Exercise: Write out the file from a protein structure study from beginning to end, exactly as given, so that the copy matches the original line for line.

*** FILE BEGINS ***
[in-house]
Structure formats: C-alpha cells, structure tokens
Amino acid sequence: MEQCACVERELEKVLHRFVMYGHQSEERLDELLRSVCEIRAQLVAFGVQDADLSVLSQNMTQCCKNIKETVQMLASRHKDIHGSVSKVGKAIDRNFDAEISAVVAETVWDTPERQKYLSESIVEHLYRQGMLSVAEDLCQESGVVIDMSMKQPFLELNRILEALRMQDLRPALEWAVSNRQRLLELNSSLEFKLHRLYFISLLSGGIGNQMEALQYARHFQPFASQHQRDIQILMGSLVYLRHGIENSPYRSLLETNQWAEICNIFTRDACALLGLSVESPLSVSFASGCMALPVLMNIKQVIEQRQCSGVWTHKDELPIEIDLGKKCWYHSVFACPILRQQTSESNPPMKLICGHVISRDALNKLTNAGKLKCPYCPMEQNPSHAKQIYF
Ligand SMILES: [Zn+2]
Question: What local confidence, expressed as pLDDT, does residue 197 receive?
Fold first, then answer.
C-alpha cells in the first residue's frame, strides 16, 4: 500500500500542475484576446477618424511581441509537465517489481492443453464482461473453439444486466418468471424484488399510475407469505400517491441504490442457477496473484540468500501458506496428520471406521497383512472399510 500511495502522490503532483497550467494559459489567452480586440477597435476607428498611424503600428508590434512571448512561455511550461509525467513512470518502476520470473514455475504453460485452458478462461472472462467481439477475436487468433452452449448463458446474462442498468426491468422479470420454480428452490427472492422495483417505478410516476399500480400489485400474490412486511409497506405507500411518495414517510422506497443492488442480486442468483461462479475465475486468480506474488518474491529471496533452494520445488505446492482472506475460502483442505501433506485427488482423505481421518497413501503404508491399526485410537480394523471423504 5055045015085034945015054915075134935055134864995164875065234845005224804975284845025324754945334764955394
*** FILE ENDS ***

[in-house]
Structure formats: C-alpha cells, structure tokens
Amino acid sequence: MEQCACVERELEKVLHRFVMYGHQSEERLDELLRSVCEIRAQLVAFGVQDADLSVLSQNMTQCCKNIKETVQMLASRHKDIHGSVSKVGKAIDRNFDAEISAVVAETVWDTPERQKYLSESIVEHLYRQGMLSVAEDLCQESGVVIDMSMKQPFLELNRILEALRMQDLRPALEWAVSNRQRLLELNSSLEFKLHRLYFISLLSGGIGNQMEALQYARHFQPFASQHQRDIQILMGSLVYLRHGIENSPYRSLLETNQWAEICNIFTRDACALLGLSVESPLSVSFASGCMALPVLMNIKQVIEQRQCSGVWTHKDELPIEIDLGKKCWYHSVFACPILRQQTSESNPPMKLICGHVISRDALNKLTNAGKLKCPYCPMEQNPSHAKQIYF
Ligand SMILES: [Zn+2]
Question: What local confidence, expressed as pLDDT, does residue 197 receive?
Fold first, then answer.
C-alpha cells in the first residue's frame, strides 16, 4: 500500500500542475484576446477618424511581441509537465517489481492443453464482461473453439444486466418468471424484488399510475407469505400517491441504490442457477496473484540468500501458506496428520471406521497383512472399510 500511495502522490503532483497550467494559459489567452480586440477597435476607428498611424503600428508590434512571448512561455511550461509525467513512470518502476520470473514455475504453460485452458478462461472472462467481439477475436487468433452452449448463458446474462442498468426491468422479470420454480428452490427472492422495483417505478410516476399500480400489485400474490412486511409497506405507500411518495414517510422506497443492488442480486442468483461462479475465475486468480506474488518474491529471496533452494520445488505446492482472506475460502483442505501433506485427488482423505481421518497413501503404508491399526485410537480394523471423504 5055045015085034945015054915075134935055134864995164875065234845005224804975284845025324754945334764955394